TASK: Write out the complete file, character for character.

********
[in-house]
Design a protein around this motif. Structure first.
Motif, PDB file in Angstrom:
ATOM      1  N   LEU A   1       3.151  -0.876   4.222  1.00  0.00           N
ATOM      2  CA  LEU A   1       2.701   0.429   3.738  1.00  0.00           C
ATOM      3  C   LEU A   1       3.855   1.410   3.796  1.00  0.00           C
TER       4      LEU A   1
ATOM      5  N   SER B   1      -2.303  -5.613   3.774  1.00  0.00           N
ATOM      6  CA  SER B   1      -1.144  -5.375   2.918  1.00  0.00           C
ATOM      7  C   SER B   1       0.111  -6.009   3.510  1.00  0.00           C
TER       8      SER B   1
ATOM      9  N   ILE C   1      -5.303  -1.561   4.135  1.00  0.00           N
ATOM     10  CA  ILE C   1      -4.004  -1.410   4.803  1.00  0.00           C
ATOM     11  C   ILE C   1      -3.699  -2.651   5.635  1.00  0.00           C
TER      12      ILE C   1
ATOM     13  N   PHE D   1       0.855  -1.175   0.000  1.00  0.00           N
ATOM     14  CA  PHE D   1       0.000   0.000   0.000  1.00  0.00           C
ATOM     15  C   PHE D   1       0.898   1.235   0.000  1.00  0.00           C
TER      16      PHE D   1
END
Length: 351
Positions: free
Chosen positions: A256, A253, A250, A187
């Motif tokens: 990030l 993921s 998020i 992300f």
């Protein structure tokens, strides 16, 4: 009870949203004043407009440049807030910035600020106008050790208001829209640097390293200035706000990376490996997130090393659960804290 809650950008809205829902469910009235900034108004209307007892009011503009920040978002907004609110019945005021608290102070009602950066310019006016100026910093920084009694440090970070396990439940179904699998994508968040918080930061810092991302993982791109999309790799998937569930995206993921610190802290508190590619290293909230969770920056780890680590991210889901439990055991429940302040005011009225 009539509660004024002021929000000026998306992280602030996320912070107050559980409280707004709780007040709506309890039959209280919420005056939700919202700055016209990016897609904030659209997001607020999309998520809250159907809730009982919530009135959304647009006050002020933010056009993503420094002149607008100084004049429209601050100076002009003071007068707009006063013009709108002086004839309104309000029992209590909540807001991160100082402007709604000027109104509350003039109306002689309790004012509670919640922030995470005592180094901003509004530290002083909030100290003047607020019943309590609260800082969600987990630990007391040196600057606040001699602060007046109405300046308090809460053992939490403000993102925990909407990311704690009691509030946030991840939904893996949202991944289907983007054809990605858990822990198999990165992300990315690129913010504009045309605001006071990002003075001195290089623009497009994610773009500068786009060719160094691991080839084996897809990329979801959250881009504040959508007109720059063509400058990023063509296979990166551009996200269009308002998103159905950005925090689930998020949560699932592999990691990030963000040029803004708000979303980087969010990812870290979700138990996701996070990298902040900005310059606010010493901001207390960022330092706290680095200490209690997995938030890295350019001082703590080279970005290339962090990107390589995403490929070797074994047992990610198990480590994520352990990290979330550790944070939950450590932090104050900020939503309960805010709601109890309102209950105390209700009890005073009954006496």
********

[in-house]
Design a protein around this motif. Structure first.
Motif, PDB file in Angstrom:
ATOM      1  N   LEU A   1       3.151  -0.876   4.222  1.00  0.00           N
ATOM      2  CA  LEU A   1       2.701   0.429   3.738  1.00  0.00           C
ATOM      3  C   LEU A   1       3.855   1.410   3.796  1.00  0.00           C
TER       4      LEU A   1
ATOM      5  N   SER B   1      -2.303  -5.613   3.774  1.00  0.00           N
ATOM      6  CA  SER B   1      -1.144  -5.375   2.918  1.00  0.00           C
ATOM      7  C   SER B   1       0.111  -6.009   3.510  1.00  0.00           C
TER       8      SER B   1
ATOM      9  N   ILE C   1      -5.303  -1.561   4.135  1.00  0.00           N
ATOM     10  CA  ILE C   1      -4.004  -1.410   4.803  1.00  0.00           C
ATOM     11  C   ILE C   1      -3.699  -2.651   5.635  1.00  0.00           C
TER      12      ILE C   1
ATOM     13  N   PHE D   1       0.855  -1.175   0.000  1.00  0.00           N
ATOM     14  CA  PHE D   1       0.000   0.000   0.000  1.00  0.00           C
ATOM     15  C   PHE D   1       0.898   1.235   0.000  1.00  0.00           C
TER      16      PHE D   1
END
Length: 351
Positions: free
Chosen positions: A256, A253, A250, A187
């Motif tokens: 990030l 993921s 998020i 992300f």
């Protein structure tokens, strides 16, 4: 009870949203004043407009440049807030910035600020106008050790208001829209640097390293200035706000990376490996997130090393659960804290 809650950008809205829902469910009235900034108004209307007892009011503009920040978002907004609110019945005021608290102070009602950066310019006016100026910093920084009694440090970070396990439940179904699998994508968040918080930061810092991302993982791109999309790799998937569930995206993921610190802290508190590619290293909230969770920056780890680590991210889901439990055991429940302040005011009225 009539509660004024002021929000000026998306992280602030996320912070107050559980409280707004709780007040709506309890039959209280919420005056939700919202700055016209990016897609904030659209997001607020999309998520809250159907809730009982919530009135959304647009006050002020933010056009993503420094002149607008100084004049429209601050100076002009003071007068707009006063013009709108002086004839309104309000029992209590909540807001991160100082402007709604000027109104509350003039109306002689309790004012509670919640922030995470005592180094901003509004530290002083909030100290003047607020019943309590609260800082969600987990630990007391040196600057606040001699602060007046109405300046308090809460053992939490403000993102925990909407990311704690009691509030946030991840939904893996949202991944289907983007054809990605858990822990198999990165992300990315690129913010504009045309605001006071990002003075001195290089623009497009994610773009500068786009060719160094691991080839084996897809990329979801959250881009504040959508007109720059063509400058990023063509296979990166551009996200269009308002998103159905950005925090689930998020949560699932592999990691990030963000040029803004708000979303980087969010990812870290979700138990996701996070990298902040900005310059606010010493901001207390960022330092706290680095200490209690997995938030890295350019001082703590080279970005290339962090990107390589995403490929070797074994047992990610198990480590994520352990990290979330550790944070939950450590932090104050900020939503309960805010709601109890309102209950105390209700009890005073009954006496």